In the early years before the immigration to Israel, the Jewish community of Saada numbered around 1000 people.

Yemenite Jewish woman in Saada 1986, Yemen
Yemenite Jews in Saada in 1986, Yemen

According to Rabbi Yahya Yousef Salem, who was the rabbi of a Jewish community that had lived in the northern province of Saada, The community is ancient. In his words, “Jewish settlement in Saada could be as old as the Torah”.[1]

According to a report made in 1999 by the US state department, Approximately 500 Jews were scattered in a handful of villages between Sana'a and Saada in northern Yemen.[2]

David Carasso, a Jewish merchant from Thessaloniki, spent his years 1874–9 in Yemen, and described the Saada Jews as “warrior Jews”. He also mentioned the good relationship between the Arabs of the area and the Saada community Jews.[3]

The Jews from that area were to be found strong and tall, they were belong to a bellicose race, and were always armed in the Arab way with a curved Jambiya and a rifle.[3]

In 1908, a group left the remote areas of Saada and made their way to Palestine through the coast of Ashir, with a boat from there.[3]

A homemade alcohol was made by the Jews in the area and was consumed with khat as a social aspect of life, consumed in a small group, and described in a testimony from the early 1900s as a "delightful time".[3]

In 1992, Jews from Saada were forbidden from placing burial stones on their graves. Another prohibition from the same year stated that a cooking utensils could not be shared with Jews, if it had been used by Muslims.[3]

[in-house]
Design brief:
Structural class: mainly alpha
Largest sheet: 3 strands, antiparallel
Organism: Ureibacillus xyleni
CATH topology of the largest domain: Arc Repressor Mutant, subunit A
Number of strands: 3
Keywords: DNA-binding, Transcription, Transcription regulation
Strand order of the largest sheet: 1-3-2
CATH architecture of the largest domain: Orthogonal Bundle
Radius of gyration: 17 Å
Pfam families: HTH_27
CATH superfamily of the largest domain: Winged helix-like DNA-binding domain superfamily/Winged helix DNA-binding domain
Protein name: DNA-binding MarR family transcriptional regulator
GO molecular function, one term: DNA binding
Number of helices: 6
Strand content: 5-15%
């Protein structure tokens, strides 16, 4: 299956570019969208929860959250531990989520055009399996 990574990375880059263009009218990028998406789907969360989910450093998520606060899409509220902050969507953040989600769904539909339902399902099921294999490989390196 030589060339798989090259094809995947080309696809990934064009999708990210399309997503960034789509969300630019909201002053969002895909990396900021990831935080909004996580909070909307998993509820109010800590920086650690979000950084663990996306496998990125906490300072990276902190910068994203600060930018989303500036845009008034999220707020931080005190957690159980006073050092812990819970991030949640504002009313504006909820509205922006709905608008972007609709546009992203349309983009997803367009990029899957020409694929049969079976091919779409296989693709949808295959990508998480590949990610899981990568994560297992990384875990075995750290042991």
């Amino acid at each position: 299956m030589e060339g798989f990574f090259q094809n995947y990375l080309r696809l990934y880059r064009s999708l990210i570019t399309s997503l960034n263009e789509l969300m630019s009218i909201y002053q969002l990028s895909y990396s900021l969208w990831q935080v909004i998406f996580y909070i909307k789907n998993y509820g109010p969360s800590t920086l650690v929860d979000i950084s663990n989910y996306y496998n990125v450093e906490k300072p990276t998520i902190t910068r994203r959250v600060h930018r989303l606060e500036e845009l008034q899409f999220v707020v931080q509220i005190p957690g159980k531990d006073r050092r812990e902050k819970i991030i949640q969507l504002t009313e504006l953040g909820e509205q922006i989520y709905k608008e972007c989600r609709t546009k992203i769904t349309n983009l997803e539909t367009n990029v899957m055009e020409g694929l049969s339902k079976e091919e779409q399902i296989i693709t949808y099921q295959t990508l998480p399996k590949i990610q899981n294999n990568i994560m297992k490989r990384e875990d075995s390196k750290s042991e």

Sanaa's Jewish community lived in a guarded district under the protection of the central government, after fleeing to the capital from the town of Saada following Houthis threats in 2007.[4]

“We warn you to leave the area immediately... Ignore this message, and we give you a period of 10 days, and you will regret it,” a Houthi representative warned the Jewish community of Saada at the time.[4]

They sought refuge in the night with Sheikh Bakhtan – Jews had traditionally been protected by tribal sheikhs. It was Sheikh Bakhtan who drove the rabbi's family to the capital, where the community of 70 remains under the president's protection.[1]

According to a report made by The U.S Department Of State in 2008, Jews in Yemen are the only indigenous non-Muslim religious minority. Nearly all of the once-sizable Jewish population has emigrated. Fewer than 400 Jews remain in the northern part of the country, primarily in Amran Governorate. Since January 2007 the historic Saada Governorate community of 45 Jews has lived in Sana'a, under the protection and care of the Government, after abandoning their homes in the face of threats from al-Houthi rebels. The community has abandoned its synagogues in Saada. There is at least one functioning synagogue in Amran Governorate.[5]

In the year 2015, only 70 Jews from Saada remained. All were driven from their homes in the northern province at gunpoint by Zaidi Houthi rebels and told never to return.[1]

As of 2016, it was estimated that around 40 Jews were left in Yemen.[6]


  1. ^ a b c "Dwindling in number but defiant: Yemeni Jews cling to their roots". Retrieved 31 October 2016. ((cite web)): External link in |ref= (help)
  2. ^ "Reports on Religious Freedom: Yemen". Jewish Virtual Library.
  3. ^ a b c d e Parfitt, Tudor (1996). The Road to Redemption: The Jews of the Yemen, 1900-1950 (Illustrated ed.). BRILL. ISBN 9789004105447. Retrieved 31 October 2016.
  4. ^ a b "Yemen coup could spell trouble for local Jewish community". Jpost. The Jerusalem Post. Retrieved 31 October 2016.
  5. ^ "Yemen International Religious Freedom Report 2008". U.S. State Department - Bureau of Democracy, Human Rights and Labor. Retrieved 31 October 2016.
  6. ^ "Some of the last Jews of Yemen brought to Israel in secret mission". Jpost. The Jerusalem Post. Retrieved 31 October 2016.